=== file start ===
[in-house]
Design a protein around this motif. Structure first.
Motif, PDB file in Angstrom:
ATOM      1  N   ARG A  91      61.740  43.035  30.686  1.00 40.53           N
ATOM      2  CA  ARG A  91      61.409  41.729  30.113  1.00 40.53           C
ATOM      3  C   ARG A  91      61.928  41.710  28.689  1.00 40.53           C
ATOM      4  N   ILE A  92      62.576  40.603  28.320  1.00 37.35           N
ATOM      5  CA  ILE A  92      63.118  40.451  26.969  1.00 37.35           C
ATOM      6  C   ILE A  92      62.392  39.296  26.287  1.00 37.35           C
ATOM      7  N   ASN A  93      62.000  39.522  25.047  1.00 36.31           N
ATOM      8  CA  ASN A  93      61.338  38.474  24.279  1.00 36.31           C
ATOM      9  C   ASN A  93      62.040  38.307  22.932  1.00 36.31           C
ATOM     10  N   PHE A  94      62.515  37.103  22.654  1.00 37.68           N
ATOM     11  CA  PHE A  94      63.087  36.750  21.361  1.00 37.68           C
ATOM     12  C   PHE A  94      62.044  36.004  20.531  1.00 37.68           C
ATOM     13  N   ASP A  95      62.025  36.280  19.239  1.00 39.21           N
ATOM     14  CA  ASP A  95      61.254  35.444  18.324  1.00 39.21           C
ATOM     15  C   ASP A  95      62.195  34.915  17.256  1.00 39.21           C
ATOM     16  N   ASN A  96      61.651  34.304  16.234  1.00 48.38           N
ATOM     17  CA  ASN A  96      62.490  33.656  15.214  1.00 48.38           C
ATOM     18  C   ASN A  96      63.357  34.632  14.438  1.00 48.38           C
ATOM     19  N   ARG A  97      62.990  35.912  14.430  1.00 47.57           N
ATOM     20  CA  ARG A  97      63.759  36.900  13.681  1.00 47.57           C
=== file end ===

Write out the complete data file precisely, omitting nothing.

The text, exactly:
[in-house]
Design a protein around this motif. Structure first.
Motif, PDB file in Angstrom:
ATOM      1  N   ARG A  91      61.740  43.035  30.686  1.00 40.53           N
ATOM      2  CA  ARG A  91      61.409  41.729  30.113  1.00 40.53           C
ATOM      3  C   ARG A  91      61.928  41.710  28.689  1.00 40.53           C
ATOM      4  N   ILE A  92      62.576  40.603  28.320  1.00 37.35           N
ATOM      5  CA  ILE A  92      63.118  40.451  26.969  1.00 37.35           C
ATOM      6  C   ILE A  92      62.392  39.296  26.287  1.00 37.35           C
ATOM      7  N   ASN A  93      62.000  39.522  25.047  1.00 36.31           N
ATOM      8  CA  ASN A  93      61.338  38.474  24.279  1.00 36.31           C
ATOM      9  C   ASN A  93      62.040  38.307  22.932  1.00 36.31           C
ATOM     10  N   PHE A  94      62.515  37.103  22.654  1.00 37.68           N
ATOM     11  CA  PHE A  94      63.087  36.750  21.361  1.00 37.68           C
ATOM     12  C   PHE A  94      62.044  36.004  20.531  1.00 37.68           C
ATOM     13  N   ASP A  95      62.025  36.280  19.239  1.00 39.21           N
ATOM     14  CA  ASP A  95      61.254  35.444  18.324  1.00 39.21           C
ATOM     15  C   ASP A  95      62.195  34.915  17.256  1.00 39.21           C
ATOM     16  N   ASN A  96      61.651  34.304  16.234  1.00 48.38           N
ATOM     17  CA  ASN A  96      62.490  33.656  15.214  1.00 48.38           C
ATOM     18  C   ASN A  96      63.357  34.632  14.438  1.00 48.38           C
ATOM     19  N   ARG A  97      62.990  35.912  14.430  1.00 47.57           N
ATOM     20  CA  ARG A  97      63.759  36.900  13.681  1.00 47.57           C